15. Measurement of functional outcomes, consumer satisfaction, effectiveness, efficiency, and cost- benefit of practices and programs to maintain and improve the quality of audiological services.
  16. Administration and supervision of professional and technical personnel who provide support functions to the practice of audiology.
  17. Screening of speech-language, use of sign language (e.g., American Sign Language and cued speech), and other factors affecting communication function for the purposes of an audiologic evaluation and/or initial identification of individuals with other communication disorders.
  18. Consultation about accessibility for persons with hearing loss in public and private buildings, programs, and services.
  19. Assessment and nonmedical management of tinnitus using biofeedback, masking, hearing aids, education, and counseling.
  20. Consultation to individuals, public and private agencies, and governmental bodies, or as an expert witness regarding legal interpretations of audiology findings, effects of hearing loss and balance system disorders, and relevant noise-related considerations.
  21. Case management and service as a liaison for the consumer, family, and agencies in order to monitor audiologic status and management and to make recommendations about educational and vocational programming.
  22. Consultation to industry on the development of products and instrumentation related to the measurement and management of auditory or balance function.
  23. Participation in the development of professional and technical standards.

Outcomes of Audiology Services

Outcomes of audiology services may be measured to determine treatment effectiveness, efficiency, cost-benefit, and consumer satisfaction. In the future, specific outcome data may assist consumers to make decisions about audiology service delivery. The following listing describes the types of outcomes that consumers may expect to receive from an audiologist.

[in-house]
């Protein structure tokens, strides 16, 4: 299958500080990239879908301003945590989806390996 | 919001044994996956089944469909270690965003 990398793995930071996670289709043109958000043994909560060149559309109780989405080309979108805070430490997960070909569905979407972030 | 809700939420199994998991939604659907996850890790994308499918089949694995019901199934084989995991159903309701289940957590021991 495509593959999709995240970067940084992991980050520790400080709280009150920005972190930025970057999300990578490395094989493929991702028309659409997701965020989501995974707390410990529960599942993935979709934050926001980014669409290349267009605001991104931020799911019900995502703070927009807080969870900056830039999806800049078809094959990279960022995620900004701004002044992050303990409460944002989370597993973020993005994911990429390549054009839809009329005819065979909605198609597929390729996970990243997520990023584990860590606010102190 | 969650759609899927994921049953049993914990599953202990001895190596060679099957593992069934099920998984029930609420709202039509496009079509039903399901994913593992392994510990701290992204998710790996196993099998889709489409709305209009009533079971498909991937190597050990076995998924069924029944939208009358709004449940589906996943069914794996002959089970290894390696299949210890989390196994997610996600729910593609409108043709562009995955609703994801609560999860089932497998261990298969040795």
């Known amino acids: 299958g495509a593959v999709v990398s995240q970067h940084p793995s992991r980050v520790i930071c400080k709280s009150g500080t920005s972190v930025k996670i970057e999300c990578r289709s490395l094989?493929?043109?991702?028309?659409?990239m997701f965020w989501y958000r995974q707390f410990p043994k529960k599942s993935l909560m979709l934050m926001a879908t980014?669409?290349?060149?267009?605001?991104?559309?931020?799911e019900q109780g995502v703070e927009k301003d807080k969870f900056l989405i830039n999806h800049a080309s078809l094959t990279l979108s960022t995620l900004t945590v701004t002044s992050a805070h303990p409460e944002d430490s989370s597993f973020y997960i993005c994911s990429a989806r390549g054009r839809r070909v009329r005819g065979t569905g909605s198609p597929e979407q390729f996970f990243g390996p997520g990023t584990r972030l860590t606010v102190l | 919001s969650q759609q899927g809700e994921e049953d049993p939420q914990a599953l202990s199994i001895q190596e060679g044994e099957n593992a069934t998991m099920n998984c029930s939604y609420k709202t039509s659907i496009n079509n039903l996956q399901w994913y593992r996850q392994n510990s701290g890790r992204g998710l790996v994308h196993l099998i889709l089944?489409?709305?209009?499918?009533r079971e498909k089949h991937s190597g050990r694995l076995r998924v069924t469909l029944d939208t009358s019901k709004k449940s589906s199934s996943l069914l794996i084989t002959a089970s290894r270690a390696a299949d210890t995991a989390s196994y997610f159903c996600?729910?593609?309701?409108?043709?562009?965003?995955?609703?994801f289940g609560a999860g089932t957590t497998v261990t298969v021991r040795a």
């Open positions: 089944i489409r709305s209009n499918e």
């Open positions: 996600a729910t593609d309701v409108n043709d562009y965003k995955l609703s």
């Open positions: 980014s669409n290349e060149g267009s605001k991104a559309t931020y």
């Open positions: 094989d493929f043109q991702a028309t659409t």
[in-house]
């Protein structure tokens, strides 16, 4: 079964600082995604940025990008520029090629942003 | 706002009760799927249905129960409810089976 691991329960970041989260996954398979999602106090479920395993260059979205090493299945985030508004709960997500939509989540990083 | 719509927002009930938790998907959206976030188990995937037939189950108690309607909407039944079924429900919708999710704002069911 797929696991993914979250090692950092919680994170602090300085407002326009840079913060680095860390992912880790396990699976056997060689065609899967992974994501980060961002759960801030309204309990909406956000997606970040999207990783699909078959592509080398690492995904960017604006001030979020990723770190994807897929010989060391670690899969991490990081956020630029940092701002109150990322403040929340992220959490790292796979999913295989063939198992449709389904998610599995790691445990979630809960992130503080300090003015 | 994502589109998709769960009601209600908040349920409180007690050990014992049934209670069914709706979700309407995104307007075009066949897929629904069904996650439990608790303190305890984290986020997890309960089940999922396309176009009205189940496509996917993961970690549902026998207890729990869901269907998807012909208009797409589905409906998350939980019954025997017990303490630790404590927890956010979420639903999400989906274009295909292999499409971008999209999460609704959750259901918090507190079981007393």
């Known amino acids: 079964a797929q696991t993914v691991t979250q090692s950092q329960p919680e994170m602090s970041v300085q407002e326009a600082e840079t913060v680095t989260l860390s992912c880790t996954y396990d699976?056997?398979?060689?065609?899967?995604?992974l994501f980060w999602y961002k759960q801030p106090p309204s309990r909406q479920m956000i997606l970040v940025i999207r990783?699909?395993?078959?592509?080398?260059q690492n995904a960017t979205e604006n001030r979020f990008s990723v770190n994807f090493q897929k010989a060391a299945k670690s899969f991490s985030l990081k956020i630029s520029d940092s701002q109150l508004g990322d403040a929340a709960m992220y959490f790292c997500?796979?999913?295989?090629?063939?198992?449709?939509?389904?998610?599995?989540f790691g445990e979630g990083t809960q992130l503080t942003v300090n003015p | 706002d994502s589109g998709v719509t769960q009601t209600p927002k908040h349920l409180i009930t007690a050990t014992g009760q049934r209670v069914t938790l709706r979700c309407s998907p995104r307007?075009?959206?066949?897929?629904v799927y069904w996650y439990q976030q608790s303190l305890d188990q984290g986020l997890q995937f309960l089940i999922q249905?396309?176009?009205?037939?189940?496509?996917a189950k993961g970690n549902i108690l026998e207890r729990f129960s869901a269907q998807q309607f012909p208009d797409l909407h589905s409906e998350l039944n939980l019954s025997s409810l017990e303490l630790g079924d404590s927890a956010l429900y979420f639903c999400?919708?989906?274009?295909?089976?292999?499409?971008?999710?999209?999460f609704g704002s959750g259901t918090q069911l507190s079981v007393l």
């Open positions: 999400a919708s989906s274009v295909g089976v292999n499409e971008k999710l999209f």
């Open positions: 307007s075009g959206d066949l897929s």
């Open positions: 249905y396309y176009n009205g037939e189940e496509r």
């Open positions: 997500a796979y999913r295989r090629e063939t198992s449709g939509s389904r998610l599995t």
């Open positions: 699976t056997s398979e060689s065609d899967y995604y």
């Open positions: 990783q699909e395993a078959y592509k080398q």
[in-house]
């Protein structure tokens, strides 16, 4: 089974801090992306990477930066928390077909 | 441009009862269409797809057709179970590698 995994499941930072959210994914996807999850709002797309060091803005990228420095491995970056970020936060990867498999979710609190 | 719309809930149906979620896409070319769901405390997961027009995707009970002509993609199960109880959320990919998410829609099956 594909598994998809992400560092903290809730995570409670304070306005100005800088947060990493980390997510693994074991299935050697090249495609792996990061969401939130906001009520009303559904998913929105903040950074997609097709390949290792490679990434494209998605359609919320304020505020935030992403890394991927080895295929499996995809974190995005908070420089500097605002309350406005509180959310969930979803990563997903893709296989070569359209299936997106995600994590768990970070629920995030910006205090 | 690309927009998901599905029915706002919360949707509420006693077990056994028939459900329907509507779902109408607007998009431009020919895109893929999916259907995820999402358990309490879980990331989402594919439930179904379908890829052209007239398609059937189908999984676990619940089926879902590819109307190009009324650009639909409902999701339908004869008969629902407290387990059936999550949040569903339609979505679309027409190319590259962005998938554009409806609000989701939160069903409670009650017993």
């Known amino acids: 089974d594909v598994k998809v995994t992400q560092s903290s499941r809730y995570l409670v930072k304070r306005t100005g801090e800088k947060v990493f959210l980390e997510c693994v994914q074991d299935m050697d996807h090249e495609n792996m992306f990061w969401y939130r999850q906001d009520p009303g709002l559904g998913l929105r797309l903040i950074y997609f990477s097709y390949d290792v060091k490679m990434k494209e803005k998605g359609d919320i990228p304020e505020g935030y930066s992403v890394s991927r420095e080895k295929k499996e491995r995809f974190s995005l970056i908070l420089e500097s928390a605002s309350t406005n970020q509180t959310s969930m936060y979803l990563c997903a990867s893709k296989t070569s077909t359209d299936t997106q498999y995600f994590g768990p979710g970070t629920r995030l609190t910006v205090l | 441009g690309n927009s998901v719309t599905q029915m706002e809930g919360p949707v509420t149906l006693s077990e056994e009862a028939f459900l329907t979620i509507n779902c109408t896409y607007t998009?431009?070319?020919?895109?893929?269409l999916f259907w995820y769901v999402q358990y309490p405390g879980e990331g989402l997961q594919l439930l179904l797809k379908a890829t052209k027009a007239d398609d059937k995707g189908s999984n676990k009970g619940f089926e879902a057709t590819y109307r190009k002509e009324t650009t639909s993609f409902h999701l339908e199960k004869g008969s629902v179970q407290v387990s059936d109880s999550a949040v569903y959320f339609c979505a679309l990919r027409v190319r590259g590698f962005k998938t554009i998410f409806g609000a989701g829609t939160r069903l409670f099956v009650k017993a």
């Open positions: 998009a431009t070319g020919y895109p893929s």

1. Interpretation of otoscopic examination for appropriate management or referral;
  2. Identification of populations and individuals
bulleta. with or at risk for hearing loss or related auditory disorders,
b. with normal hearing or no related auditory disorders,
c. with communication disorders associated with hearing loss,
d. with or at risk of balance disorders, and
e. with tinnitus.
  • Professional interpretation of the results of audiological findings;
  • Referrals to other professions, agencies, and/or consumer organizations;
  • Counseling for personal adjustment and discussion of the effects of hearing loss and the potential benefits to be gained from audiological rehabilitation, sensory aids including hearing and tactile aids, hearing assistive devices, cochlear implants, captioning devices, and signal/warning devices;
  • Counseling regarding the effects of balance system dysfunction;
  • Selection, monitoring, dispensing, and maintenance of hearing aids and large-area amplification systems;
  • Development of a culturally appropriate, audiologic, rehabilitative management plan including, when appropriate:
  • bulleta. Fitting and dispensing recommendations, and educating the consumer and family/caregivers in the use of and adjustment to sensory aids, hearing assistive devices, alerting systems, and captioning devices;
    b. Counseling relating to psychosocial aspects of hearing loss and processes to enhance communication competence;
    c. Skills training and consultation concerning environmental modifications to facilitate development of receptive and expressive communication; d. Evaluation and modification of the audiologic management plan.
  • Preparation of a report summarizing findings, interpretation, recommendations, and audiologic management plan;
  • Consultation in development of an Individual Education Program (IEP) for school-age children or an Individual Family Service Plan (IFSP) for children from birth to 36 months old;
  • Provision of in-service programs for personnel, and advising school districts in planning educational programs and accessibility for students with hearing loss; and
  • Planning, development, implementation, and evaluation of hearing conservation programs.
  • *From ASHA (American Speech-Language-Hearing Association)

    Ad Hoc Committee on Scope of Practice in Audiology

    Copyright 2000 Audible Difference